1988 Hersey & Blanchard Situational Leadership Hersey & Blanchard’s situational leadership model suggests that successful leaders do adjust their styles. There are four main leadership styles: delegating, participating, selling and telling.Integrative 1977 House Charismatic Leadership A charismatic leader has the ability to influence subordinates based on sort of supernatural gift and attractive powers. Subordinates enjoy being with a charismatic leader because they feel inspired, correct and important. 1977 Greanleaf Servant Leadership This leadership theory argues that in the workplace it is about helping others to accomplish shared objectives by facilitating individual development, empowerment, and collective work that consistent with the health and welfare.
1978 Burns Transformational Leadership A dynamic and two-way relationship between leaders and subordinates. According to this theory, leaders must connect with the needs and wants of the subordinates and establish motivation to accomplish collective goals that satisfy the needs of both leaders and subordinates. 1978 Kerr ; Jermier Substitutes for Leadership Aspects of the environment other than the hierarchical leader can provide leadership to subordinates.
1986 Tichy ; Devanna Transformational Leadership These leaders are agents of change, have courage, openness and faith in the subordinates; are led by values; believe in life-long learning; have the ability to face the complex, ambiguous, and uncertain situations, and have visionary abilities. 1989 Manz Super leadership Leads others to lead themselves through designing and implementing the system that allows and teaches employees to be self-leaders. 1989 Yukl Integrating Model The subordinate’s effort, skill, leader’s role, resources available, and the group’s cohesiveness in any particular situation determine leader behaviour. 1991 Covey Principle Cantered Leadership Leadership on the basis of natural principles. It is built on those principles into the centre of their relationships with others, into the centre of their agreements and contracts, into their management processes and into their mission statement.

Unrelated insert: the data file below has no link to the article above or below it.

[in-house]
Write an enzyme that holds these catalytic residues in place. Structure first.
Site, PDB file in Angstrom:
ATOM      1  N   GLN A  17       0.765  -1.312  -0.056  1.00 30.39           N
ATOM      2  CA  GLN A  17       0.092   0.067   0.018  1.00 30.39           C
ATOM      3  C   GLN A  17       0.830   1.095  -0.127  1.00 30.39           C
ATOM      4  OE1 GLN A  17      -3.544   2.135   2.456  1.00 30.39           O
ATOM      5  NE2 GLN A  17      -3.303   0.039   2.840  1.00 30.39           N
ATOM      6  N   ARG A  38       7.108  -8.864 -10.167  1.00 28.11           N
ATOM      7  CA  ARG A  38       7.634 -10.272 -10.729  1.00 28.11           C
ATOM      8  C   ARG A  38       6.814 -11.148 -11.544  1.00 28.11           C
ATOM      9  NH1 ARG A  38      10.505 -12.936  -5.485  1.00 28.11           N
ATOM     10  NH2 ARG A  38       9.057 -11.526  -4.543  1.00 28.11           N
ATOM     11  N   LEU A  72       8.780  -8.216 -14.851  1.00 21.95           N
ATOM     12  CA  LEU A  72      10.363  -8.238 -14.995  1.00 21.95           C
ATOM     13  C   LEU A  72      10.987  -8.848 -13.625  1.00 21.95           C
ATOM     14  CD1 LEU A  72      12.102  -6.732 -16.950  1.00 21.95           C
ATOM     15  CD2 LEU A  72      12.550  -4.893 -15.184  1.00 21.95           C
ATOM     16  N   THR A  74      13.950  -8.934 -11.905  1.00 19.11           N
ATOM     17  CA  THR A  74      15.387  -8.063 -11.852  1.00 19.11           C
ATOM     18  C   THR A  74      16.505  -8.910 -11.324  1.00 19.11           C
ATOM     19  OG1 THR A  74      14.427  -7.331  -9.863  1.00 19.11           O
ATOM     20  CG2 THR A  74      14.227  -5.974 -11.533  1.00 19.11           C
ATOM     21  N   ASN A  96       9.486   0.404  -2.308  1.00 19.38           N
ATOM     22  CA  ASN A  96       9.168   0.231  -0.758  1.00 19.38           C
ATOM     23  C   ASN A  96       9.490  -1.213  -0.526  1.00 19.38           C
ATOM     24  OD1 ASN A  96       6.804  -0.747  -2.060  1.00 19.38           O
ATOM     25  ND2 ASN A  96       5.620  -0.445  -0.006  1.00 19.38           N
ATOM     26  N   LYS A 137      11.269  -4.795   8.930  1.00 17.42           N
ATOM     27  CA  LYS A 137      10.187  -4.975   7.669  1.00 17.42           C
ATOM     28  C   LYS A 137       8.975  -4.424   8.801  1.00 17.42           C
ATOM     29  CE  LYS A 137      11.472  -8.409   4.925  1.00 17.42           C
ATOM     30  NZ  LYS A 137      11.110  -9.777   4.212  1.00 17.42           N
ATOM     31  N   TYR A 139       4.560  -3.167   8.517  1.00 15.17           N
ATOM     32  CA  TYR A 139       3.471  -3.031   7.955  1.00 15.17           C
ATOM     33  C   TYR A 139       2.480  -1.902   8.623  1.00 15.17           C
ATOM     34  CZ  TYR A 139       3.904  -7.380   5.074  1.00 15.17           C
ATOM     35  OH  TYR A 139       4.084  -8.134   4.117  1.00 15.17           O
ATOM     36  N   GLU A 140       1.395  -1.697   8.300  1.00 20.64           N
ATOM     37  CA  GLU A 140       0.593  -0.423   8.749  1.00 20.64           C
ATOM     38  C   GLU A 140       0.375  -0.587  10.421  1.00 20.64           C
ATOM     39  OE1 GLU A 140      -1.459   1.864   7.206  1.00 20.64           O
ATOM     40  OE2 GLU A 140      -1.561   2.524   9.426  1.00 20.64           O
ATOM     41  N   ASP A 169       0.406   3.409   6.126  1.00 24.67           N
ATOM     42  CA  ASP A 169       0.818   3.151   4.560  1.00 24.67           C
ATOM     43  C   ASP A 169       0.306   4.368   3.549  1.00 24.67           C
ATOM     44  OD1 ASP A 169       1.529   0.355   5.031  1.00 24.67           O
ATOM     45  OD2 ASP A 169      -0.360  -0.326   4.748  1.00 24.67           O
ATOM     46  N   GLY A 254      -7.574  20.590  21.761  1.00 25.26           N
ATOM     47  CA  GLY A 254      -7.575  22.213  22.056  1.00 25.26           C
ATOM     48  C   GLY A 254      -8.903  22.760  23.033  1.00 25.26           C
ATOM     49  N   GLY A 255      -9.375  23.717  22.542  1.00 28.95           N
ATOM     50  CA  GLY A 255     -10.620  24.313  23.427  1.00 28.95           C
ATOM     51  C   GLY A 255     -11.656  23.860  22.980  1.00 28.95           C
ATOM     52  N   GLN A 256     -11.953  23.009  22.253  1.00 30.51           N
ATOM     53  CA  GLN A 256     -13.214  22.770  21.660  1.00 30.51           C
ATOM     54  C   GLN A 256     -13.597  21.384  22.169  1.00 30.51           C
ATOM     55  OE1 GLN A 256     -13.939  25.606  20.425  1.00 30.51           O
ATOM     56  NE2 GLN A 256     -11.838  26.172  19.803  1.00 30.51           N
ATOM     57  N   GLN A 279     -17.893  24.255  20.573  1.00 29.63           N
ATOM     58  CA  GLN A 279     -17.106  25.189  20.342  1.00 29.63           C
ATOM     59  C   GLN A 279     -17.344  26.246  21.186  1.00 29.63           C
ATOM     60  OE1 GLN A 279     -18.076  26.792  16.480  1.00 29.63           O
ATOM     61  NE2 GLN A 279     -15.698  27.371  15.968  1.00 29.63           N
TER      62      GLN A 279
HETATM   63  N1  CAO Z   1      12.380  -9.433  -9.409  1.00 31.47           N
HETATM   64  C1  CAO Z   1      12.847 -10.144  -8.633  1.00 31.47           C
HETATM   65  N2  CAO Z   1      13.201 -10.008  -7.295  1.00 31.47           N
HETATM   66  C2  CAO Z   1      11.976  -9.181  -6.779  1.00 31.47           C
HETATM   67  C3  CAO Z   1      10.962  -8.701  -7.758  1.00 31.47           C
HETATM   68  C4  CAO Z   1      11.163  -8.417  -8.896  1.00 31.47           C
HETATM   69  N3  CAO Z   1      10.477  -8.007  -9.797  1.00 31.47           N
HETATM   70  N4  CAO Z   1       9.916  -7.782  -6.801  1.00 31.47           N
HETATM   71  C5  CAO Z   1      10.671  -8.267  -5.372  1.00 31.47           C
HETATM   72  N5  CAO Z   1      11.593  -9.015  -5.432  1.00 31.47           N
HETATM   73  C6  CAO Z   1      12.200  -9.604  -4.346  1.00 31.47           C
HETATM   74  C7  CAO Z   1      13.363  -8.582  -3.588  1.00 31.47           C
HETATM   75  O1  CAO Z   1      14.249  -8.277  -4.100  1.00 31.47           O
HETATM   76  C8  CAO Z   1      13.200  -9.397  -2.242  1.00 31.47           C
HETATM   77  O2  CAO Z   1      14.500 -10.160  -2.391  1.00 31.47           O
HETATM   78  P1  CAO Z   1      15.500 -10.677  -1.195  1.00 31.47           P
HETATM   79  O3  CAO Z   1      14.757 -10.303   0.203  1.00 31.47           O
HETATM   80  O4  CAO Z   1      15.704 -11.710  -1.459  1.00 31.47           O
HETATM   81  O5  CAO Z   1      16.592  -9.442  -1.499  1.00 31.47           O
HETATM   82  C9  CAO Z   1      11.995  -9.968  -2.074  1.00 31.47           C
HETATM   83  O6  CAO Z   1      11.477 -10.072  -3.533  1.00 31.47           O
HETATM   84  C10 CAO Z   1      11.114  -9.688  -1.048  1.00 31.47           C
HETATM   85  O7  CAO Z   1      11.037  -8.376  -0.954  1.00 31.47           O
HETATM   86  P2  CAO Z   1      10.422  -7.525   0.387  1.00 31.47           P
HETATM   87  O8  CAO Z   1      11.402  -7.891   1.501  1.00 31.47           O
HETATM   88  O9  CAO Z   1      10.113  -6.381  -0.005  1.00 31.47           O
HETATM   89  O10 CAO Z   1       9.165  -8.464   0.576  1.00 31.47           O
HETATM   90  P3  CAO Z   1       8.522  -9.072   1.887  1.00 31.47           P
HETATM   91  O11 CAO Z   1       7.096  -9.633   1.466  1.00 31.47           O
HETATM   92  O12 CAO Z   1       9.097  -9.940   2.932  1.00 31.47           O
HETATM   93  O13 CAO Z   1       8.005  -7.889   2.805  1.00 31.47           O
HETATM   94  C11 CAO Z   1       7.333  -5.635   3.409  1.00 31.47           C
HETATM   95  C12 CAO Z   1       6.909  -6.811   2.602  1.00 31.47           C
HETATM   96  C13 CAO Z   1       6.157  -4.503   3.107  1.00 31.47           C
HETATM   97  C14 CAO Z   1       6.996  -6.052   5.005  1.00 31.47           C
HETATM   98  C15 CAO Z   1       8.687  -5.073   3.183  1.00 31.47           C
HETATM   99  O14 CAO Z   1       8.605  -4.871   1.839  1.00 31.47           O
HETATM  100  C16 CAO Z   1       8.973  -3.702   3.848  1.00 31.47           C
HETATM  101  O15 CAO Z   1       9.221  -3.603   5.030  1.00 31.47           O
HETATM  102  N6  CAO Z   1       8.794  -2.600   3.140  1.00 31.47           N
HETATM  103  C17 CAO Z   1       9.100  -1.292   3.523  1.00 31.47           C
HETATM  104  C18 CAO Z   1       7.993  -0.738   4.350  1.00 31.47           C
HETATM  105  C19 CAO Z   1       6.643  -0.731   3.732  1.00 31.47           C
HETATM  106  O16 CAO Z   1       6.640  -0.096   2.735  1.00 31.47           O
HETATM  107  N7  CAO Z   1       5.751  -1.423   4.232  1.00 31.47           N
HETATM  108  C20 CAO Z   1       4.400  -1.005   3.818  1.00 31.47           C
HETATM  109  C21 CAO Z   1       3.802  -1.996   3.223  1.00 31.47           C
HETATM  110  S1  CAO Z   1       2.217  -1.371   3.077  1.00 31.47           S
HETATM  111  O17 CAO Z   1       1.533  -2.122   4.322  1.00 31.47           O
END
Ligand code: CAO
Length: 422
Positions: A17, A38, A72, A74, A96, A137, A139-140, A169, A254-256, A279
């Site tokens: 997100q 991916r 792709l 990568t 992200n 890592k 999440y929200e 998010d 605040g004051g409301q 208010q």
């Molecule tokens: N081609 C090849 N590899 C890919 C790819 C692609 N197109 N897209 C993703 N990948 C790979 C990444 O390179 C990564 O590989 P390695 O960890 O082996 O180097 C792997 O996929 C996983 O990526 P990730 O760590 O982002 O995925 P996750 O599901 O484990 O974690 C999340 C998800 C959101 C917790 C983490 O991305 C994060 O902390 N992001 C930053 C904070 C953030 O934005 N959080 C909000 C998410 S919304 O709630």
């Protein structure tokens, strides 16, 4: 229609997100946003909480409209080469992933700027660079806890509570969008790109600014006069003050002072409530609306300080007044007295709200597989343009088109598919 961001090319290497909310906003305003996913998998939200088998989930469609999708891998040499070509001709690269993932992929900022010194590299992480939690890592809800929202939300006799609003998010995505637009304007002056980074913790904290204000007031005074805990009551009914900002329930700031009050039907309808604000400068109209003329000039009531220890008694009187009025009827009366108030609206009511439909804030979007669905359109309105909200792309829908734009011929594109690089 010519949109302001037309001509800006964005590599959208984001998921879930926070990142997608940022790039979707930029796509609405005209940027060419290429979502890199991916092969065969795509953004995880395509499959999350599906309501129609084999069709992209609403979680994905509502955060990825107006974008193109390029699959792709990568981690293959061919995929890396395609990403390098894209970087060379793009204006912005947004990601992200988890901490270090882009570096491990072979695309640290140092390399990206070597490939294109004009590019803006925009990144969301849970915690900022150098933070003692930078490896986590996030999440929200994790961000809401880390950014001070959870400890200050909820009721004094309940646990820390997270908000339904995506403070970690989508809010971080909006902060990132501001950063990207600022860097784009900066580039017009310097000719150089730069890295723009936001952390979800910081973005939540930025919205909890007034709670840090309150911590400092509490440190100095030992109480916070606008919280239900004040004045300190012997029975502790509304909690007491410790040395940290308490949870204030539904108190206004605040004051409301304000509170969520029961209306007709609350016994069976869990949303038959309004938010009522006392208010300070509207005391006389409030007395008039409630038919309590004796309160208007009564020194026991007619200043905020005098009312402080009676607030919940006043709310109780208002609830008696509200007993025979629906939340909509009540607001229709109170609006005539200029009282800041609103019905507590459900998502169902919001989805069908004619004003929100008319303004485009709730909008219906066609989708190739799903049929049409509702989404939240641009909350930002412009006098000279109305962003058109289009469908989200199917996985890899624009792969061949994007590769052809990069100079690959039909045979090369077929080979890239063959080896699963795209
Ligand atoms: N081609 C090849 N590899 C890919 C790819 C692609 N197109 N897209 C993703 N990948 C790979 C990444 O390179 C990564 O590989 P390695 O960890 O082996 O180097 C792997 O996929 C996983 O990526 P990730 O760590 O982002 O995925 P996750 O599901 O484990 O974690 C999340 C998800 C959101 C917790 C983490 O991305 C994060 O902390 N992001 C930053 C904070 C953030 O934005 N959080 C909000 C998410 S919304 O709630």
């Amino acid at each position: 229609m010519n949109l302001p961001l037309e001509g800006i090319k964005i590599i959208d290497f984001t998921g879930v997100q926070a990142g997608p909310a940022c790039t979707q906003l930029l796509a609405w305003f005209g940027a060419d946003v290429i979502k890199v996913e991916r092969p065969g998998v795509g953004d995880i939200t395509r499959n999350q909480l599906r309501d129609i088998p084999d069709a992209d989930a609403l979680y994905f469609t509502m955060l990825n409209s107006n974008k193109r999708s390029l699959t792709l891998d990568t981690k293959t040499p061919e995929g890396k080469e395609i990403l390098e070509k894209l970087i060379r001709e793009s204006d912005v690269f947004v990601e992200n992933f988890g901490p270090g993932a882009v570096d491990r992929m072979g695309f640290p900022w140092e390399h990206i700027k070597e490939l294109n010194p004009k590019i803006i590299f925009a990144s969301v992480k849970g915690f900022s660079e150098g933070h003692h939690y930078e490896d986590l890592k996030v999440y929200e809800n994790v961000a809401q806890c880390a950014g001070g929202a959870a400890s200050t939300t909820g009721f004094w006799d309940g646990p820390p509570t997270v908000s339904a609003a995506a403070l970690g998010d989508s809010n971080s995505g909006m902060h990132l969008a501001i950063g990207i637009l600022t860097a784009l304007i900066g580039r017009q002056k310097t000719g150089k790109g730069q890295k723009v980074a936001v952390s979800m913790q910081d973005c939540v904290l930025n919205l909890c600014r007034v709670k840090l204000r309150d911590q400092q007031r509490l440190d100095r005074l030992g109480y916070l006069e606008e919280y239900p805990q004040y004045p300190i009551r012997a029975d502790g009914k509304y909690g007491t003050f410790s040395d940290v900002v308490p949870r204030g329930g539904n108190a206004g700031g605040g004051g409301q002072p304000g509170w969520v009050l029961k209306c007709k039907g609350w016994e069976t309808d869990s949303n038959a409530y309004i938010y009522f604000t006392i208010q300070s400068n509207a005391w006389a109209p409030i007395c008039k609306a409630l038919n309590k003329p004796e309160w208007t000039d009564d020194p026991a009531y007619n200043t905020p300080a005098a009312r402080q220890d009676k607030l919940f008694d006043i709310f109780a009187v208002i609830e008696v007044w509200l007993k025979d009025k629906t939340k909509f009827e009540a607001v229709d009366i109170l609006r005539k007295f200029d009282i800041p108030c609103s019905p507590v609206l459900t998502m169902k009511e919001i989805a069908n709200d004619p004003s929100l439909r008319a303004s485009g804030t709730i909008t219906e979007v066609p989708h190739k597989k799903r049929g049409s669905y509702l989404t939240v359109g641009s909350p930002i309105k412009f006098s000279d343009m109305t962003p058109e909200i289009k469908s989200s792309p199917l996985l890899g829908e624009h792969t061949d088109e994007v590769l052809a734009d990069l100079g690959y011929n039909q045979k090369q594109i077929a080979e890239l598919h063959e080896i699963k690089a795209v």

1995 Grean & Uhl-bien Leader-member exchange theory (LMX) LMX theory assumes that leaders and subordinates are involved in an exchange relationship in an exchange relationship. Subordinates follow because they receive something from the leader. In turn, the leaders lead as they get something from the subordinates. 2003 Fry Spiritual leadership Spiritual leadership examines how leaders use values, a sense of ”calling” and membership to motivate subordinates. 2004 Avolio Authentic Leadership A pattern of transparent and ethical leader behaviour that encourages openness in sharing information needed to make decisions while accepting holding subordinates’ input.
Table 3: Adopted from – Nijkamp (2016) Leadership styles and strategy process research; A study of Dutch small and medium-sized enterprises2.6. Determining the Most Effective Leadership Style and Leadership TrendsSelecting the most effective leadership style or blend of leadership styles depend on situation factors such as nature of company, trade and competitive market and other available resources, etc.
(Mockler, 1997). A proper factor analysis can decide the most appropriate leadership style. For example, Thomas Murphy and Daniel Burke, who changed the merged Capital Cities and ABC Communication Company into a profitable comany, used a mixed style considered as “farsightedness, management independence, and interfering when it is called for” (Auletta, 1991). As situation requirements change over time, the leadership style required for an organisation also changes. At AM International a strong analytical leadership was needed firstly to save the company out of bankruptcy; later a style focused towards people was needed (Johnson, 1987).
World personalities such as Michael Dell from Dell Computer, Jack Welch from General Electric, and Larry Weinbach from Unisys have embraced the new form of leadership and taken their organizations into the twenty-first century (Lewis, Goodman and Fandt, 2001). Trice and Beyer (1991), suggest that successful strategic management requires new form of leadership that contains characteristics shown in following table.Old Leadership Vs New LeadershipOld Leadership ? Non-charismatic ? Transactional ? Management ? Non – visionary ? Non-magical New Leadership ? Charismatic ? Transformational? Leaders? Visionary? MagicalLess Emphasis On ? Planning Vision ? Compliance ? Contract ? Reaction More Emphasis On? Routine Change ? Commitment? Extra Effort ? Pro-actionTable 4: Source-Cooper C.L.